The SCOTT Genius 900 Tuned is a perennial contender of our group tests. That’s no wonder given that the bike was considered one of the most progressive models on the market when it was launched in June 2017. Three years have gone by since. Can the bike still convince our test crew?
Click here for an overview of the best trail bike in test.
Just looking at it, there’s no guessing what the SCOTT Genius 900 Tuned AXS is all about: speed (uphill)! With its bright orange paint job, futuristic one-piece Syncros Hixon cockpit and the deep Syncros Revelstoke carbon wheels, it looks as fast as a speeding bullet. The rest of the componentry simply underlines this attitude. The stock Genius comes specced with a shallow-treaded, 2.6” MAXXIS Rekon tire on the rear and a Dissector upfront, though unfortunately, our test bike came with Rekon tires both front and back. The Genius also features SCOTT’s proprietary TwinLoc system, allowing you to lock out the suspension in three stages via a remote on the handlebar. Unfortunately, this means that the FOX 36 has to make do with the more basic FIT4 damper. We don’t see the need for a lockout mechanism on the fork and would have preferred the added performance of a GRIP2 damper instead. Speaking of performance, the SRAM X01 AXS derailleur delivers impressively crisp and direct shifting, but the more affordable and heavier SRAM GX cassette doesn’t fit the weight-optimised picture. Due to the long seat tube, the Genius, unfortunately, doesn’t offer enough room for longer dropper posts and comes fitted with a 150 mm FOX Transfer Factory dropper as standard.
Scott Genius 900 Tuned AXS
Fork FOX 36 FLOAT Factory FIT4
Rear Shock FOX Nude TR
Seatpost FOX Transfer Factory 150 mm
Brakes Shimano XT 200/180 mm
Drivetrain SRAM X01 Eagle AXS 32/10-50
Stem Syncros Hixon iC SL 50
Handlebar – 780 mm
Wheelset Syncros Revelstoke 1.0
Tires MAXXIS Dissector / MAXXIS Rekon EXO 2,6
Size S M L XL
Weight 12,84 kg
Travel (f/r) 150/150 mm
Geometry of the SCOTT Genius 900
The geometry of the SCOTT Genius 900 Tuned may have been extremely progressive three years ago, but it’s pretty average by today’s standards. At 466 mm, the reach isn’t overly long for a size L bike and the 65° head angle is about average. We were struck by the comparatively short stack height of 613 mm, which together with the Syncros Hixon cockpit becomes a defining factor in the Genius’ handling.
Razor sharp, the SCOTT Genius demands an experienced rider
The Genius on test
At 12.84 kg, the SCOTT Genius 900 Tuned is the second lightest bike on test and in combination with the fast-rolling tires, aggressive riding position and TwinLoc system, the bike flies uphill! While the bike wallows noticeably with the suspension in the open position, activating traction mode on the TwinLoc remote not only reduces the sag but also suppresses any hint of bobbing. However, it still offers sufficient traction for technical climbs. We only recommend locking out the suspension completely for monotonous ascents on paved roads or smooth surfaces as this reduces grip and comfort noticeably.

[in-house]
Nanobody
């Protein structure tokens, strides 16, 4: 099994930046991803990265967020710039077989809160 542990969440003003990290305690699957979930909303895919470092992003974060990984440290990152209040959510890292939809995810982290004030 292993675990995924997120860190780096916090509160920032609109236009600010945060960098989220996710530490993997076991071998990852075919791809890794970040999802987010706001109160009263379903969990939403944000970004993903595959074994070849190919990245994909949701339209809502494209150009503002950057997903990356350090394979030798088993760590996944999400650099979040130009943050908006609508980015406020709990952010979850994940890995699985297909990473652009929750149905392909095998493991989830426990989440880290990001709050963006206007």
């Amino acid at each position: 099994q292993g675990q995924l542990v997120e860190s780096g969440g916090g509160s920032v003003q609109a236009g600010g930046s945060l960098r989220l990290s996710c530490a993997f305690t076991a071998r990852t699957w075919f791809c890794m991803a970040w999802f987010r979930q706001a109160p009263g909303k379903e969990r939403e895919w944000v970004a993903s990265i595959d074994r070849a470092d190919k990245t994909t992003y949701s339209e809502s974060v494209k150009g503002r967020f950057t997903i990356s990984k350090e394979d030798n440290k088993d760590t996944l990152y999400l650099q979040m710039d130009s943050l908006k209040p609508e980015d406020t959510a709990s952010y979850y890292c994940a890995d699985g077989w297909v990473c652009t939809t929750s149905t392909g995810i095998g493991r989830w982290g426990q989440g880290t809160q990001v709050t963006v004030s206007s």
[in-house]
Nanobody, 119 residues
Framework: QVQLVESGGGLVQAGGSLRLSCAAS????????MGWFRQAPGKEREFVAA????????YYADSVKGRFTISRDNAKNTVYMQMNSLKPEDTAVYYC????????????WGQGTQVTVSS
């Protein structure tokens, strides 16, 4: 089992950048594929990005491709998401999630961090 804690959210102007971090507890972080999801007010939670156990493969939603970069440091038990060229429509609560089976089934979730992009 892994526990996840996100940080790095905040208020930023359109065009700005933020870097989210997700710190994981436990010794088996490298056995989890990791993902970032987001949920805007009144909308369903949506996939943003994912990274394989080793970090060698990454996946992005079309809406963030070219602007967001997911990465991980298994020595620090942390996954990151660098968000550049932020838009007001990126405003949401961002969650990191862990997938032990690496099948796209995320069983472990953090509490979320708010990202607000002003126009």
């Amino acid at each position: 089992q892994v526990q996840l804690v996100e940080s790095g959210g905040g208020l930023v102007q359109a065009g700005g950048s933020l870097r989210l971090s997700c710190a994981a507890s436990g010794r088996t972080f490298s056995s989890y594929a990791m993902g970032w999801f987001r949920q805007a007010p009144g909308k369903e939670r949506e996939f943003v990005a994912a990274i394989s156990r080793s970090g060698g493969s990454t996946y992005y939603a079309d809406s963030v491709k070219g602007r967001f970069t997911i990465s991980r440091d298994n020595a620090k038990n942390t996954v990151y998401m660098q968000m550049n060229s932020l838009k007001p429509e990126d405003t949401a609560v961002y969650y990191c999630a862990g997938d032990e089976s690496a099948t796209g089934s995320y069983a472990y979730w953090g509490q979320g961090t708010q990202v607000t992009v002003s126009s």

If you like a challenge, you’ll be happy with the Genius – it goads you to race up the climbs and it will make you work for every second gained on the descents.
The Genius’ XC genes are equally evident on the downhills, with the low front end literally pulling the rider forward. This requires you to keep your body engaged and tense at all times and the rougher the terrain or the faster you ride, the more tiring the Genius becomes. The plush rear suspension is of little help here, despite sensitively absorbing small bumps and offering good support. On top of that, the wide, puncture-prone tires offer little grip and thereby limit the bike further – these are worth upgrading immediately.
Tuning tip: mount a bar with more rise | more robust and narrower tires | possibly less stiff wheels
How does the SCOTT Genius compare to the competition?
The basic character of the SCOTT Genius is very similar to the equally stiff Orbea Occam. However, the latter offers a more comfortable riding position on the climbs without giving up too much of its efficiency. Despite identical amounts of travel, the SCOTT Genius and YT Jeffsy are worlds apart. The Jeffsy makes it very easy to ride fast, whereas the Genius makes you work for every second gained.
Conclusion of the SCOTT Genius 900 Tuned AXS
If you’re a cross-country pro looking for a trail bike, the SCOTT Genius 900 Tuned AXS is an exciting option. It climbs very efficiently but the low front end makes the handling that much more demanding on the descents. There are some weak points in the spec that also cloud the overall impression.
- efficient and light-footed climber
- precise handling on the descents
- eye-catching looks
- difficult handling in demanding terrain
- tires offer little grip and puncture protection
- overall very stiff and uncomfortable
For more information head to scott-sports.com
The test field
Click here for an overview of the best trail bike in test.
All bikes in review: Cannondale Habit Carbon 1 (Click for review) | Canyon Spectral CFR 9.0 SL (Click for review) | Giant Trance Advanced Pro 29 (Click for review) | Ibis Ripmo AXS (Click for review) | Nukeproof Reactor 290 (Click for review) | Norco Optic C1 (Click for review) | Orbea Occam M-LTD (Click for review) | Radon Slide Trail 10 (Click for review) | Santa Cruz Hightower CC X01 Reserve (Click for review) | Specialized Levo SL Expert Carbon (Click for review) | Specialized S-Works Stumpjumper SRAM AXS 29 (Click for review) | Trek Fuel EX 9.9 X01 AXS Project ONE (Click for review) | Yeti SB130 TLR (Click for review) | YT JEFFSY CF PRO (Click for review)
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Words: Photos: Christoph Bayer, Finlay Anderson, Markus Frühmann, Jonas Müssig